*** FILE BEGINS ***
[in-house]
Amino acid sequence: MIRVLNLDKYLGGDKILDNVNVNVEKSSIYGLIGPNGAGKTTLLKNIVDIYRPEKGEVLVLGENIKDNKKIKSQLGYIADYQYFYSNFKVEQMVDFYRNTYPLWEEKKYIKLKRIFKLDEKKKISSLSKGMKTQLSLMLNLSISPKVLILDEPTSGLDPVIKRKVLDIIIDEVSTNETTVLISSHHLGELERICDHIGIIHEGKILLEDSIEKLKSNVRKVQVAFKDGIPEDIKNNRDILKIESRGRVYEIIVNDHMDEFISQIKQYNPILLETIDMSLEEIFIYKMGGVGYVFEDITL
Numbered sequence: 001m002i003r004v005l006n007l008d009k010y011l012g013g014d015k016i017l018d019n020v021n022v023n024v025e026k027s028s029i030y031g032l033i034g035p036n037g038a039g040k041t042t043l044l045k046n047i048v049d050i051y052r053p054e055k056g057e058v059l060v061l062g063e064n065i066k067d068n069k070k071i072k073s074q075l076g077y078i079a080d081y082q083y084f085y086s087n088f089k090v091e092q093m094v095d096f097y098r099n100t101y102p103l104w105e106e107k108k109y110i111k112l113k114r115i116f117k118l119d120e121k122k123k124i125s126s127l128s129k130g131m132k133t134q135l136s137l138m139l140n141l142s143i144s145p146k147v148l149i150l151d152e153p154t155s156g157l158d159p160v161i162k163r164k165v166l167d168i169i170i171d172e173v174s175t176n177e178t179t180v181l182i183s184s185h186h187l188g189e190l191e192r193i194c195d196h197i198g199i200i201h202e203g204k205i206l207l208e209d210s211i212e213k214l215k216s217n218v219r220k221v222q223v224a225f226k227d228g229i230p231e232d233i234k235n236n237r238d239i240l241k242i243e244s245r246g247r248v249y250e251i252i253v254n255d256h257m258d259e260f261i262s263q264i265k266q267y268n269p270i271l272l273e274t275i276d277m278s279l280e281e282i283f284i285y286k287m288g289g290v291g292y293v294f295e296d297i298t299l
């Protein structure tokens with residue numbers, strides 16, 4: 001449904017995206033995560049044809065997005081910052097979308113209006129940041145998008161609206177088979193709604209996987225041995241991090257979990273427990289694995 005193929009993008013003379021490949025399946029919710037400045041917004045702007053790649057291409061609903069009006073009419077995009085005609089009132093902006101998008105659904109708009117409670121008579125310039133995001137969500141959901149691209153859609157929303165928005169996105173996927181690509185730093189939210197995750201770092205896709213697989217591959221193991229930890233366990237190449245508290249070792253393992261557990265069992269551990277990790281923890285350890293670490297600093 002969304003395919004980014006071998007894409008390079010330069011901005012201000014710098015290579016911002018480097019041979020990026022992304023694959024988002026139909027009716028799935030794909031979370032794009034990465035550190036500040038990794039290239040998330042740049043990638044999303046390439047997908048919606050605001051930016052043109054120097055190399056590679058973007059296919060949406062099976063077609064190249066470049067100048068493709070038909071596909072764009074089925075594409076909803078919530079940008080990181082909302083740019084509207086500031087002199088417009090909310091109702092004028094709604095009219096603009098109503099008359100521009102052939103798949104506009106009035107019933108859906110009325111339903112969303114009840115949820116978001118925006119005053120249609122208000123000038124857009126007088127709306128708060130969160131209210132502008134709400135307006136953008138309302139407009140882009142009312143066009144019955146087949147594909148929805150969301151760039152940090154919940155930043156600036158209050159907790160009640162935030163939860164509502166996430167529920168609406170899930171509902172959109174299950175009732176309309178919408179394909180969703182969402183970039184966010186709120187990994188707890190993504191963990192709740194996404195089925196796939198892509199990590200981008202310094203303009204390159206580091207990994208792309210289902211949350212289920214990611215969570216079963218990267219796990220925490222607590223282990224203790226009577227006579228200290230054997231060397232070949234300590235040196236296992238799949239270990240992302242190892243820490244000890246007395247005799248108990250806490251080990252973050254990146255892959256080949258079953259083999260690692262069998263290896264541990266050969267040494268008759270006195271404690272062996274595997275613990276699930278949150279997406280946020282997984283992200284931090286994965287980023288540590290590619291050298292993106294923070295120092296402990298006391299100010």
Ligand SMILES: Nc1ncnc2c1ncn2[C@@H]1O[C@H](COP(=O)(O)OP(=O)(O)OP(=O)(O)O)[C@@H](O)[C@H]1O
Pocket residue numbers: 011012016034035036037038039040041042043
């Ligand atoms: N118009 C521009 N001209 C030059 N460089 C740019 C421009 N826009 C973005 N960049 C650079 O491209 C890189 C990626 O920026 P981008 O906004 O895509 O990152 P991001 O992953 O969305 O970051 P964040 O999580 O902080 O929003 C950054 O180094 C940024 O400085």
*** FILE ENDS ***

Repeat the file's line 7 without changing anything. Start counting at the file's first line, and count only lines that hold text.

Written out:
């Ligand atoms: N118009 C521009 N001209 C030059 N460089 C740019 C421009 N826009 C973005 N960049 C650079 O491209 C890189 C990626 O920026 P981008 O906004 O895509 O990152 P991001 O992953 O969305 O970051 P964040 O999580 O902080 O929003 C950054 O180094 C940024 O400085």